Dirichlet Distribution

Dirichlet Distribution(DD):
* — Symmetric DD can be considered a distribution of distributions
* — Each sample from Symmetric DD is a categorical distribution over K categories.
* — Generates samples that are similar discrete distributions
* — It is parameterized G0, a distribution over K categories and \alpha a scale
factor
<code>
import numpy as np
from scipy.stats import dirichlet
np.set_printoptions(precision=2)

def stats(scale_factor, G0=[.2, .2, .6], N=10000):
samples = dirichlet(alpha = scale_factor * np.array(G0)).rvs(N)
print ” alpha:”, scale_factor
print ” element-wise mean:”, samples.mean(axis=0)
print “element-wise standard deviation:”, samples.std(axis=0)
print

for scale in [0.1, 1, 10, 100, 1000]:
stats(scale)
</code>

Dirichlet Process(DP)

  • — A way to generalize Dirichlet Distribution
  • — Generate samples that are distributions similar to the parameter H_0
  • — Also has the parameter \alpha determines how much will the samples
    vary from H0

  • — a sample H of DP( \alpha, H_0) is constructed by drawing a countably
    infinite number of samples \theta k and then setting
    H = \sum_{k=1}^{\infty} \pi_k * \delta(x-\theta_k)

where \pi_k — is carefully chosen weights that sum to 1
\delta — is the Dirac delta function
* — Since the samples from a DP are similar to a parameter H_0 one-way to
test if a DP is generating your dataset is to check if the distributions(of
different attributes/dimensions) you get are similar to each other. Something like
permutation test, but understand the assumptions and caveats.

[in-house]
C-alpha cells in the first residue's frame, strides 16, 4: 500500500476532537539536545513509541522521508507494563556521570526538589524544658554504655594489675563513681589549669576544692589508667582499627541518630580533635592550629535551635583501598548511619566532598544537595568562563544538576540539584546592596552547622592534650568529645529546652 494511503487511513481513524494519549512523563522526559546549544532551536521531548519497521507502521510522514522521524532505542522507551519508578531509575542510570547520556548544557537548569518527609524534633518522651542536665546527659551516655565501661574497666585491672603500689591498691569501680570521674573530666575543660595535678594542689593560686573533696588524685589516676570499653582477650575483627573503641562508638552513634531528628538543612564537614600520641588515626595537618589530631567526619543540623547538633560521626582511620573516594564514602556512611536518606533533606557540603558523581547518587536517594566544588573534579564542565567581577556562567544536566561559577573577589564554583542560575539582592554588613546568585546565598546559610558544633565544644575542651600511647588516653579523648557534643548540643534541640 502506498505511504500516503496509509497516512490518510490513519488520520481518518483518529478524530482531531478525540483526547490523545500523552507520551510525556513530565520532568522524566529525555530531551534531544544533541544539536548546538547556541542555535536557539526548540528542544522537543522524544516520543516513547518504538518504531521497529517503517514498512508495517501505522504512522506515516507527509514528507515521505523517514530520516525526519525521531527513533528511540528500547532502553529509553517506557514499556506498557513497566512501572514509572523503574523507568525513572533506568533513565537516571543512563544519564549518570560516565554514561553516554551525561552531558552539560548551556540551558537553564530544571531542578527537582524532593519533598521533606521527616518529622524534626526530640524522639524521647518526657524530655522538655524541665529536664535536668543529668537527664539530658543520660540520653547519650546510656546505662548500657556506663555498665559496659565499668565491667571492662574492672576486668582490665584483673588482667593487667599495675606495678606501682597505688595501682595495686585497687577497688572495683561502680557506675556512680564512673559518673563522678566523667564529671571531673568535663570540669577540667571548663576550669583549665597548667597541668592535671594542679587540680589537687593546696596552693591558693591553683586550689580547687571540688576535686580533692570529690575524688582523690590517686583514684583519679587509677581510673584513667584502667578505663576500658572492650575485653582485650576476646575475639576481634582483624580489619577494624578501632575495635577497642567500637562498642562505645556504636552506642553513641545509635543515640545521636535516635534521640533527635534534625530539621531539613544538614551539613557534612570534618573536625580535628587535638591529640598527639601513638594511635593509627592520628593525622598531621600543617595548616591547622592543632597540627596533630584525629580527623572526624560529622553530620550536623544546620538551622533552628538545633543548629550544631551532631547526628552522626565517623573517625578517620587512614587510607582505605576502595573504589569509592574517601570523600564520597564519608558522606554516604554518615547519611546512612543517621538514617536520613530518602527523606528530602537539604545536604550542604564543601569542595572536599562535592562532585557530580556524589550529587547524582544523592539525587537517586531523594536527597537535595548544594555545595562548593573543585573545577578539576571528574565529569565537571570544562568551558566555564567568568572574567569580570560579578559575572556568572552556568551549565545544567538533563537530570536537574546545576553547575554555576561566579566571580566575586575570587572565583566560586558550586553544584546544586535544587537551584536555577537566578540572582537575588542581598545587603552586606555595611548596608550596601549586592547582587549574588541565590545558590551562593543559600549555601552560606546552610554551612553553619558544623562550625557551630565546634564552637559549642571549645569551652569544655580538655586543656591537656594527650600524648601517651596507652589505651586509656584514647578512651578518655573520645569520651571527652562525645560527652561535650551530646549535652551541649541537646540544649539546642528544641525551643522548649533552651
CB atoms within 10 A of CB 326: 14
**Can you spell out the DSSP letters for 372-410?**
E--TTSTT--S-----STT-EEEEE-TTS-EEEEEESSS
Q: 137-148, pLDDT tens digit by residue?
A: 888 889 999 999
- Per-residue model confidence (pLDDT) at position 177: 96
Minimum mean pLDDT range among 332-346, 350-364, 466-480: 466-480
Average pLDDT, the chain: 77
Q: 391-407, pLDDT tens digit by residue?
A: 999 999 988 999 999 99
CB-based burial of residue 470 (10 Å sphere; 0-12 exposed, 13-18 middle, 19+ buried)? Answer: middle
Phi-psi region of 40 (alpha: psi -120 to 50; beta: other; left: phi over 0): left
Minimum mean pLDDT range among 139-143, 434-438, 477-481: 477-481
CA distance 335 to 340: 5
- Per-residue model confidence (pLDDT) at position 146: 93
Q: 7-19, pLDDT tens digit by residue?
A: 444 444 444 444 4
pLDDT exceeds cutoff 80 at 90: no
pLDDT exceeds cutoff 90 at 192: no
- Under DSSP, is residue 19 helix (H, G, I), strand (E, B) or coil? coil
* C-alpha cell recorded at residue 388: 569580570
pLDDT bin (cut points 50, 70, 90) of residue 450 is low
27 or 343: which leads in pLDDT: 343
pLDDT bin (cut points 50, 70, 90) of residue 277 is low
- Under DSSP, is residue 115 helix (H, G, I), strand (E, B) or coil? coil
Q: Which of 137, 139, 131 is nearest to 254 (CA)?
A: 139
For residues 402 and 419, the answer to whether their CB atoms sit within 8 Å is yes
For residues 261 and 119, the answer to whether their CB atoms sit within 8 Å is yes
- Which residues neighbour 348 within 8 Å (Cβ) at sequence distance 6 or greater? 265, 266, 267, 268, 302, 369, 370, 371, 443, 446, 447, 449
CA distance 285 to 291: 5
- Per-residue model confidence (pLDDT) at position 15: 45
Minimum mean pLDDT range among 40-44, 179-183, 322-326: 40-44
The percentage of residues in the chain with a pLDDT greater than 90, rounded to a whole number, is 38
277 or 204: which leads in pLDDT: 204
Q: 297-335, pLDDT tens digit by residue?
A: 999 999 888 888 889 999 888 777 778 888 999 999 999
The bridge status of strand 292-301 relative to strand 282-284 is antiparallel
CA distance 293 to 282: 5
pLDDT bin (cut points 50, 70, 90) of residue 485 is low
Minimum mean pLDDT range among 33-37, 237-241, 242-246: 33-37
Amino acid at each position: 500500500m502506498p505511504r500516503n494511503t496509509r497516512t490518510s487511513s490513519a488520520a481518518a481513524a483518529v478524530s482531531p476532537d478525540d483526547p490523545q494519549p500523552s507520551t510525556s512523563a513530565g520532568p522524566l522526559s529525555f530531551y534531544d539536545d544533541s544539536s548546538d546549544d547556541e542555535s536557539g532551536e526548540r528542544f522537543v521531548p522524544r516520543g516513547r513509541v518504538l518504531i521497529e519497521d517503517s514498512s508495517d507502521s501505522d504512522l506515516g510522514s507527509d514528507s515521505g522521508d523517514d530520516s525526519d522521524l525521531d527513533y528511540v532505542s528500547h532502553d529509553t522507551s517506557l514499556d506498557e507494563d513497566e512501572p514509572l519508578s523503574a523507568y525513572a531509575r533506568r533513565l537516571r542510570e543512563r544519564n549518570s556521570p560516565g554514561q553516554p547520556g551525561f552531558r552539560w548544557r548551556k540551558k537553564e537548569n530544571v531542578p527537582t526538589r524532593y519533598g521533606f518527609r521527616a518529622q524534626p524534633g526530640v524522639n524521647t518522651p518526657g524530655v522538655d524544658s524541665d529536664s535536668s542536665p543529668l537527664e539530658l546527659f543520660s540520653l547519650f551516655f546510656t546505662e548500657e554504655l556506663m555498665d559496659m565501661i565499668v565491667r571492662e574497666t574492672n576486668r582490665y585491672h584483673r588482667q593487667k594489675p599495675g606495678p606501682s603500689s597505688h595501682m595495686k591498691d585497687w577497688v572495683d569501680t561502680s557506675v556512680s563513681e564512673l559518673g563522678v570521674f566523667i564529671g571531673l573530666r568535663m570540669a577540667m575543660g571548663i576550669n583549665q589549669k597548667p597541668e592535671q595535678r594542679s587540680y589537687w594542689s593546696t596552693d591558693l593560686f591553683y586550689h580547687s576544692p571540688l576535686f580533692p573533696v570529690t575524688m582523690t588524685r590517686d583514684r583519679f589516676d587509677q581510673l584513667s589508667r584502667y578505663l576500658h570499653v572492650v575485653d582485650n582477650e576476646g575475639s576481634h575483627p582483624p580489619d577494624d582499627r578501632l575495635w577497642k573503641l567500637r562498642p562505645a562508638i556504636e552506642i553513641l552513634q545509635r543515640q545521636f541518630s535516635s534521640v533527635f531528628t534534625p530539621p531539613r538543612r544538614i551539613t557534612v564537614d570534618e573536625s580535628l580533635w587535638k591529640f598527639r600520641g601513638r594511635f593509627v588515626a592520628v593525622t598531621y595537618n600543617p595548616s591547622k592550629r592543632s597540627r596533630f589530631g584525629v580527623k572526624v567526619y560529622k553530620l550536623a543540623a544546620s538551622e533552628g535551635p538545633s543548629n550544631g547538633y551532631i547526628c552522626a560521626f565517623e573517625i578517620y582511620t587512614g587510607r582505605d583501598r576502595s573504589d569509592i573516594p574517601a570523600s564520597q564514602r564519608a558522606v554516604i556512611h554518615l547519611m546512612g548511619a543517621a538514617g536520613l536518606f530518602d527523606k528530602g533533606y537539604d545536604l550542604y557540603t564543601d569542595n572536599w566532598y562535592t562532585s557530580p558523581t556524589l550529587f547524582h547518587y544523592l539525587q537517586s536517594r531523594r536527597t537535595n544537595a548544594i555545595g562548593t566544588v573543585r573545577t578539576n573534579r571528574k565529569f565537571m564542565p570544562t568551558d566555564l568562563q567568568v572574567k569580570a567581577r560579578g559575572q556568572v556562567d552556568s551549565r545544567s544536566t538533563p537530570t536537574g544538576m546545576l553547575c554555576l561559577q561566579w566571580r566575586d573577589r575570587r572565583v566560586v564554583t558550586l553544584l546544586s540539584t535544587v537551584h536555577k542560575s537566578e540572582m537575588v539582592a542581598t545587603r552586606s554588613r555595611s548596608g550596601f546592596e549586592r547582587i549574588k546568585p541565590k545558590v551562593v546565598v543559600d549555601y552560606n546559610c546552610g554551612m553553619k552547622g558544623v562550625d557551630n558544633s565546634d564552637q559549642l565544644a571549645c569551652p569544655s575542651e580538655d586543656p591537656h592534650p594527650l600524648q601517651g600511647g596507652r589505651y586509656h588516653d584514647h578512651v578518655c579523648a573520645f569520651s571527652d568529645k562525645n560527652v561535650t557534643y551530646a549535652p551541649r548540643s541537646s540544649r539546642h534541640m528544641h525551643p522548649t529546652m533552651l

• — The code for dirichlet sampling can be written as:
    <code>
    import matplotlib.pyplot as plt
    from scipy.stats import beta, norm

def dirichlet_sample_approximation(base_measure, alpha, tol=0.01):
betas = []
pis = []
betas.append(beta(1, alpha).rvs())
pis.append(betas[0])
while sum(pis) < (1.-tol):
s = np.sum([np.log(1 – b) for b in betas])
new_beta = beta(1, alpha).rvs()
betas.append(new_beta)
pis.append(new_beta * np.exp(s))
pis = np.array(pis)
thetas = np.array([base_measure() for _ in pis])
return pis, thetas

def plot_normal_dp_approximation(alpha):
plt.figure()
plt.title(“Dirichlet Process Sample with N(0,1) Base Measure”)
plt.suptitle(“alpha: %s” % alpha)
pis, thetas = dirichlet_sample_approximation(lambda: norm().rvs(), alpha)
pis = pis * (norm.pdf(0) / pis.max())
plt.vlines(thetas, 0, pis, )
X = np.linspace(-4,4,100)
plt.plot(X, norm.pdf(X))

plot_normal_dp_approximation(.1)
plot_normal_dp_approximation(1)
plot_normal_dp_approximation(10)
plot_normal_dp_approximation(1000)
</code>

  • — The code for Dirichlet process can be written as :
    <code>
    from numpy.random import choice

class DirichletProcessSample():
def init(self, base_measure, alpha):
self.base_measure = base_measure
self.alpha = alpha

self.cache = []
self.weights = []
self.total_stick_used = 0.

def call(self):
remaining = 1.0 – self.total_stick_used
i = DirichletProcessSample.roll_die(self.weights + [remaining])
if i is not None and i < len(self.weights) :
return self.cache[i]
else:
stick_piece = beta(1, self.alpha).rvs() * remaining
self.total_stick_used += stick_piece
self.weights.append(stick_piece)
new_value = self.base_measure()
self.cache.append(new_value)
return new_value

@staticmethod
def roll_die(weights):
if weights:
return choice(range(len(weights)), p=weights)
else:
return None
</code>

Statistics — Tests of independence

Tests of independence:

Basic principle is the same as ${\chi}^2$ – goodness of fit test
* Between categorical variables

${\chi}^2$-square tests:

The standard approach is to compute expected counts, and find the
distribution of sum of square of difference between expected counts and ordinary
counts(normalized).
* Between Numerical Variables

${\chi}^2$-square test:

  • Between a categorical and numerical variable?

Null Hypothesis:

  • The two variables are independent.
  • Always a right-tail test
  • Test statistic/measure has a ${\chi}^2$ distribution, if assumptions are met:
  • Data are obtained from a random sample